Key points from the Scotland Yard inquiry into the death of Benazir Bhutto on 27 December, 2007:
"The task of establishing exactly what happened was complicated by the lack of an extended and detailed search of the crime scene, the absence of an autopsy, and the absence of recognised body recovery and victim identification processes.
"Nevertheless, the evidence that is available is sufficient for reliable conclusions to be drawn."
The report says that one of the main pieces of evidence were the hospital X-rays of Ms Bhutto's head.
"Ms Bhutto's only apparent injury was a major trauma to the right side of the head. The UK experts all exclude this injury being an entry or exit wound as a result of gunshot.
"The possibility of a bullet wound to her mid or lower trunk can reasonably be excluded. This is based upon the protection afforded by the armoured vehicle in which she was travelling at the time of the attack, and the accounts of her family and hospital staff who examined her."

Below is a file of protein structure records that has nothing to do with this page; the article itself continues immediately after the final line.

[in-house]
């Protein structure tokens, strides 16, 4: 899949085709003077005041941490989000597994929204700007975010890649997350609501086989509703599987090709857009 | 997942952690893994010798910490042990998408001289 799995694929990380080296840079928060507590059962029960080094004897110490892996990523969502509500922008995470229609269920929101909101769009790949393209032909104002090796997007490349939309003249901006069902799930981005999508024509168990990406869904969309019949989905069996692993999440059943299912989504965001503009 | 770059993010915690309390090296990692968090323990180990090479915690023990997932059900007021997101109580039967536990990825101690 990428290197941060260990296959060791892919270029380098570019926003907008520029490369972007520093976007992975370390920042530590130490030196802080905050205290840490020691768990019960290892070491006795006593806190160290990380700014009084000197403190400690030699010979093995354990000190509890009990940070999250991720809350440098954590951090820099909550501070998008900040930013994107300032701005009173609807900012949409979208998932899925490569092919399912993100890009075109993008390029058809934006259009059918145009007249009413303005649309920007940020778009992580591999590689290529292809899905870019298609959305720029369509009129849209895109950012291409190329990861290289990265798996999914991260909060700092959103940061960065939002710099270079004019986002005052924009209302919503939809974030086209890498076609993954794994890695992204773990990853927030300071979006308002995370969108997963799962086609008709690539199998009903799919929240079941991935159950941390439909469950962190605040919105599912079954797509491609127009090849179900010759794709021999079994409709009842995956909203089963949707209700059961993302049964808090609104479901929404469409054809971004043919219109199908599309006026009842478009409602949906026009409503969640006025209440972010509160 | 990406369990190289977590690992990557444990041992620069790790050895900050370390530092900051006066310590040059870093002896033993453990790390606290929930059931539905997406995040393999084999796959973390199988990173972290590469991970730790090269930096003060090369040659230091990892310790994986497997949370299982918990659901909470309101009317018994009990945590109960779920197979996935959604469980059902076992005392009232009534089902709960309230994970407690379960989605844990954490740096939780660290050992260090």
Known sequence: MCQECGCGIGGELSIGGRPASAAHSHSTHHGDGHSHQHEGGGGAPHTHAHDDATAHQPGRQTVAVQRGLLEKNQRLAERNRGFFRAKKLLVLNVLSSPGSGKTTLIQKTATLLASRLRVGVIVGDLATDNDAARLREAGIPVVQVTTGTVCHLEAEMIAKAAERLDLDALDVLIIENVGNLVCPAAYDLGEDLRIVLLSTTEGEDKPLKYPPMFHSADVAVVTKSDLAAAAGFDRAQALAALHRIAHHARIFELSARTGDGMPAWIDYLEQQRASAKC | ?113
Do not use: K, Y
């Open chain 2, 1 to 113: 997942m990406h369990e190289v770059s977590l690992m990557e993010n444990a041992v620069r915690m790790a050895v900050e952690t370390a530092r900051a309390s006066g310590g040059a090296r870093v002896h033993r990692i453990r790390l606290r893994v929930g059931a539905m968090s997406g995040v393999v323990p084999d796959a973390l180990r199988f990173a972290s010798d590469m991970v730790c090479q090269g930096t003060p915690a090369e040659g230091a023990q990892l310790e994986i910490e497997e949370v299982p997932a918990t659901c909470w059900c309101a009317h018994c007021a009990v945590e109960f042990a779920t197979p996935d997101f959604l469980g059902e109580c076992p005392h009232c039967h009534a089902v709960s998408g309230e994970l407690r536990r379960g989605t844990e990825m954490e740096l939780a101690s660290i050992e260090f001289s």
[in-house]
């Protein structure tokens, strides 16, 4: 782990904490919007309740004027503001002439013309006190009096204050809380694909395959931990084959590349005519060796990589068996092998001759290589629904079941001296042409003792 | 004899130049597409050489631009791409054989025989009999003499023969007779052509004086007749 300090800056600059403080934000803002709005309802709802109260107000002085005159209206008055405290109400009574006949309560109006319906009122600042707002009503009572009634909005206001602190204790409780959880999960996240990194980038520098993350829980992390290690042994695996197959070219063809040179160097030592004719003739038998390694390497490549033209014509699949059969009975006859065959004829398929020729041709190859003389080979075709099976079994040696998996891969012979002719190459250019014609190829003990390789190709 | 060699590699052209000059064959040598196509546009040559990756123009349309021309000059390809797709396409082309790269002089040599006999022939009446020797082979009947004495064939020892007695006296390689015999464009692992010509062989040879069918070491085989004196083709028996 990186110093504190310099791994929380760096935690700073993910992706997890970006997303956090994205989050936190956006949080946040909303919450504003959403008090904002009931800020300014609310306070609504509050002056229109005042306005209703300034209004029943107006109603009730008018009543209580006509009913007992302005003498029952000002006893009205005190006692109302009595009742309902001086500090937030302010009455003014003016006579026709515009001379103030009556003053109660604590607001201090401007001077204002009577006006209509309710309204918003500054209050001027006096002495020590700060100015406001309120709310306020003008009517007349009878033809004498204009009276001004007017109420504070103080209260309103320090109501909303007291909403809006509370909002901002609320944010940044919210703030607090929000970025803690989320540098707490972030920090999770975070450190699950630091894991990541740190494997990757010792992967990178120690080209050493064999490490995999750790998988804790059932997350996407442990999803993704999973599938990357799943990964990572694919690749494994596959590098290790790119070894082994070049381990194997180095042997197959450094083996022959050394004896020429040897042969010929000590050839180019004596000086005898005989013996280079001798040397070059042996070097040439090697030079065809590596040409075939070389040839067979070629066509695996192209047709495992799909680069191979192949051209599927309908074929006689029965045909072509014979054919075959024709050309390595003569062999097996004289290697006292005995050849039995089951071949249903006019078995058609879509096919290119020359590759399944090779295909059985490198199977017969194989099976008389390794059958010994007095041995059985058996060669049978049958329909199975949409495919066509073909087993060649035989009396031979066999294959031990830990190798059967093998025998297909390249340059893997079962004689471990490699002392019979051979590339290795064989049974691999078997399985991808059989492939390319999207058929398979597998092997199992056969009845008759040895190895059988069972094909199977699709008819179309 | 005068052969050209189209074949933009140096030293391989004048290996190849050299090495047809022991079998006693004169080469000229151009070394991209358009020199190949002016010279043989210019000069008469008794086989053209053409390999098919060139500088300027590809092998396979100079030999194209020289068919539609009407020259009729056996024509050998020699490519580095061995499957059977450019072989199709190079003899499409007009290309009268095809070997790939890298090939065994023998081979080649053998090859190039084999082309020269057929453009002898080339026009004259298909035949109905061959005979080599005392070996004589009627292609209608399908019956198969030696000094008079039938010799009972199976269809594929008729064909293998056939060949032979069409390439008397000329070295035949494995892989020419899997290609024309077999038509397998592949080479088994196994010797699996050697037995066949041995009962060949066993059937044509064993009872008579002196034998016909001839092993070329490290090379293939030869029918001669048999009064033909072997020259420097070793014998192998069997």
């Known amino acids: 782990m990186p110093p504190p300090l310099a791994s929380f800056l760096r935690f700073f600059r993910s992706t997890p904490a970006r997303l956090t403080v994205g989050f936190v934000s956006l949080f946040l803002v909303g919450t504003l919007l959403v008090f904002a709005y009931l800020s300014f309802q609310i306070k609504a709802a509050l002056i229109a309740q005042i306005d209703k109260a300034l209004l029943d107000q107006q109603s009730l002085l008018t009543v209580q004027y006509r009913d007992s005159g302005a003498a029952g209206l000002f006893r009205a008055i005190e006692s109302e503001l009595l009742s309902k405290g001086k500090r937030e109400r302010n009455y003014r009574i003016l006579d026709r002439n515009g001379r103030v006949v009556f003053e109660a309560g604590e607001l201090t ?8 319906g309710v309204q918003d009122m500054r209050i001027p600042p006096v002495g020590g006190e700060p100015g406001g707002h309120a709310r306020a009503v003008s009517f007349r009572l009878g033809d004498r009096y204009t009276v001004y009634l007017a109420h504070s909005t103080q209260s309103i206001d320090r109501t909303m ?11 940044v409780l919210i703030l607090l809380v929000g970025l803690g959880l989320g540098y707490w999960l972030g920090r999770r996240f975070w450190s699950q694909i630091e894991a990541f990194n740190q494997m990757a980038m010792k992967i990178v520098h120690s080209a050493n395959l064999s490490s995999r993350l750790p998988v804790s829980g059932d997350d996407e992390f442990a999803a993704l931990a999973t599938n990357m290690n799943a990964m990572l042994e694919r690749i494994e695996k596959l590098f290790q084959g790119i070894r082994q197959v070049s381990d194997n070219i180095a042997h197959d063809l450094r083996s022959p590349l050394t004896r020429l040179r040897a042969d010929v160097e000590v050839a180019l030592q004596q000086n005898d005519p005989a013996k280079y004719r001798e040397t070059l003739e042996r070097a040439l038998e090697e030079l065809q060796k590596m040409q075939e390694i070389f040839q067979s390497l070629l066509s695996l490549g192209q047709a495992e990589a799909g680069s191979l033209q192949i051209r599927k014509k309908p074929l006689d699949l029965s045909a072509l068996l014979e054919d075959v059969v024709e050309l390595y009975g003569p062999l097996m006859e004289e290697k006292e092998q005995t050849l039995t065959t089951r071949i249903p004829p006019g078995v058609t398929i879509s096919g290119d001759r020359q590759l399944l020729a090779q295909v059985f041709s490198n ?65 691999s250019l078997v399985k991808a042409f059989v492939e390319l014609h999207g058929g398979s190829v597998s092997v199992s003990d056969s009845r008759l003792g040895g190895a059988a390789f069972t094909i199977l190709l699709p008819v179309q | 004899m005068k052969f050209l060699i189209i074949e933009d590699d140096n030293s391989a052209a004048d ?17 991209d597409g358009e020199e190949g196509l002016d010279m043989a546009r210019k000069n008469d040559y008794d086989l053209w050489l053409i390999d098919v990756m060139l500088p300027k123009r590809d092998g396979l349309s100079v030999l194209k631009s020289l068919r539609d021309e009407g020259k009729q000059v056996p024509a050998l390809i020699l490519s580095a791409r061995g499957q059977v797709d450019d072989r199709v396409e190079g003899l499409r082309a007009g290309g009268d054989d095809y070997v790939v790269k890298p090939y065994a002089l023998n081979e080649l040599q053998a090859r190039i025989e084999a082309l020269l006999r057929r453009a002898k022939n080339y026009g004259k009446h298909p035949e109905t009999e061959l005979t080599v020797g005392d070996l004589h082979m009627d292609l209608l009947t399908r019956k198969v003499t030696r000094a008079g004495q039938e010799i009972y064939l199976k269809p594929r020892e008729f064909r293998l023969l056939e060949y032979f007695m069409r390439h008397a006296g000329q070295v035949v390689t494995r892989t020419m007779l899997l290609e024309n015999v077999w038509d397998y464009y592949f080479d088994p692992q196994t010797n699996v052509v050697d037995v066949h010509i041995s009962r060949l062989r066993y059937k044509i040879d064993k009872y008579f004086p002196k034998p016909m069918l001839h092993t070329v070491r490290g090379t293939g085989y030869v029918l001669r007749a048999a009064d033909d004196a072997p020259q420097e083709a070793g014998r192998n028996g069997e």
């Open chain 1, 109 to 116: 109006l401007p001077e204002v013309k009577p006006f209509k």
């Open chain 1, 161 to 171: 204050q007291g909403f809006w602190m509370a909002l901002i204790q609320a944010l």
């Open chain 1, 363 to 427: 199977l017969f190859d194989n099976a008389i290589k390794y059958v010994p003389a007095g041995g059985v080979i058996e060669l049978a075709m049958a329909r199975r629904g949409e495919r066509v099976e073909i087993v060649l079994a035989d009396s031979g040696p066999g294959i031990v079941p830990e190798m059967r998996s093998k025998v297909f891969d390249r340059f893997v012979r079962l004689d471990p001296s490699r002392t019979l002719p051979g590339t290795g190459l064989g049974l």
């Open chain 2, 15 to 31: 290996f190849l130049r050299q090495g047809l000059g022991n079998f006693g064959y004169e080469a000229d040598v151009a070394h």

The UK government pathologist taking part in the investigation, Dr Nathaniel Cary, said: "The only tenable cause for the rapidly fatal head injury in this case is that it occurred as the result of impact due to the effects of the bomb-blast."
Dr Cary also said: "In my opinion Mohtarma Benazir Bhutto died as a result of a severe head injury sustained as a consequence of the bomb-blast and due to head impact somewhere in the escape hatch of the vehicle." (NB The escape hatch of the car was at the time described as the "sun roof".)
The report rejects suggestions that more than one person was involved in the attack.
"All the available evidence points toward the person who fired shots and the person who detonated the explosives being one and the same person."
"Analysis of the media footage places the gunman at the rear of the vehicle and looking down immediately before the explosion. The footage does not show the presence of any other potential bomber."